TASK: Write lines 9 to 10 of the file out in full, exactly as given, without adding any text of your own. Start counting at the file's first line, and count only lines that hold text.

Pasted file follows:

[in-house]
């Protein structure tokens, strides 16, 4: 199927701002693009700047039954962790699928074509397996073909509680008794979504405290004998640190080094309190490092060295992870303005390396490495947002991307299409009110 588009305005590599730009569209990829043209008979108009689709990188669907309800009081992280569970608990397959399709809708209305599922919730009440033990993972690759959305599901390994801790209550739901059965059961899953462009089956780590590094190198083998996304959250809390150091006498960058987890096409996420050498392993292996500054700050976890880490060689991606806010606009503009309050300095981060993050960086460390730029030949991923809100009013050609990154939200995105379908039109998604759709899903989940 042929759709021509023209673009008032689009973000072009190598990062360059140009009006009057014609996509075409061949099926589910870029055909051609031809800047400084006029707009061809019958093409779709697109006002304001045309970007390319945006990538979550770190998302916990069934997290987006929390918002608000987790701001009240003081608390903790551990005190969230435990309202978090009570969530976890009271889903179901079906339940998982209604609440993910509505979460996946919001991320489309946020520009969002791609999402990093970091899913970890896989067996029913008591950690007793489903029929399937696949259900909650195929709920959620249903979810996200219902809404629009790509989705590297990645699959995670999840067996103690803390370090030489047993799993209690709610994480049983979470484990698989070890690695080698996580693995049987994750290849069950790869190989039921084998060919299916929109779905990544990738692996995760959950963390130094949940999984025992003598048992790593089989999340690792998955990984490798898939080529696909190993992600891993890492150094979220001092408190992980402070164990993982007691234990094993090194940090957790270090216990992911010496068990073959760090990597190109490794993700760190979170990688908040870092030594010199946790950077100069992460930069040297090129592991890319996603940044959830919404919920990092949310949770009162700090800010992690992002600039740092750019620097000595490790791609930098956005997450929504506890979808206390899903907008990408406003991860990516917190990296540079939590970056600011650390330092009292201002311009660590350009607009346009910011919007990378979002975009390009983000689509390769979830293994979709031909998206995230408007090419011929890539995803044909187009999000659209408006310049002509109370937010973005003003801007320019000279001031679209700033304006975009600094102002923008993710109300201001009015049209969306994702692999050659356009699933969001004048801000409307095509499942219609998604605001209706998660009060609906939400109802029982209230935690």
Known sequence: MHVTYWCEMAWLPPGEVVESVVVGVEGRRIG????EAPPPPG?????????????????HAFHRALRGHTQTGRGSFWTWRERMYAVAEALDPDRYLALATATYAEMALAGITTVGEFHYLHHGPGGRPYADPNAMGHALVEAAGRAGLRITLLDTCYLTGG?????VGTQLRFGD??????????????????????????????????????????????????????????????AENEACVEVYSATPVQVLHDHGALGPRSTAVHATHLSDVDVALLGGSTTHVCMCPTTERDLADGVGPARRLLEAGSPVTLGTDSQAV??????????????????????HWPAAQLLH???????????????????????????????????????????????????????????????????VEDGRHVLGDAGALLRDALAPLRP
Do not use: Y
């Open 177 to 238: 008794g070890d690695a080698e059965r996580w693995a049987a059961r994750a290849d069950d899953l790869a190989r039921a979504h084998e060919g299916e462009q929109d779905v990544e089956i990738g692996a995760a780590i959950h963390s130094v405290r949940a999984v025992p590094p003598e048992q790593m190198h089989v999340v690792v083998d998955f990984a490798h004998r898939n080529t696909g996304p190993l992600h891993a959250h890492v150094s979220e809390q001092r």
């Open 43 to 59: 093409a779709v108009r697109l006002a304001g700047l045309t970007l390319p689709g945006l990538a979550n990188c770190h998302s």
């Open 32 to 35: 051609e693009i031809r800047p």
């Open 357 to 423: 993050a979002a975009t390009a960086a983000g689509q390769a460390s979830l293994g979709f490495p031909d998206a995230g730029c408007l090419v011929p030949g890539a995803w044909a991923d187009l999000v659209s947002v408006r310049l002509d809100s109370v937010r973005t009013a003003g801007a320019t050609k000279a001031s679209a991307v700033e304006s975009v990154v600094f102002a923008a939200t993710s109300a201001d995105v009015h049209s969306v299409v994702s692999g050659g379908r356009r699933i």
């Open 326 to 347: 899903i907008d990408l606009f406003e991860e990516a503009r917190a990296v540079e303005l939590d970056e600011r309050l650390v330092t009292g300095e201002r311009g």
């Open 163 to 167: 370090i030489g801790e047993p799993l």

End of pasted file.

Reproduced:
């Open 326 to 347: 899903i907008d990408l606009f406003e991860e990516a503009r917190a990296v540079e303005l939590d970056e600011r309050l650390v330092t009292g300095e201002r311009g």
């Open 163 to 167: 370090i030489g801790e047993p799993l």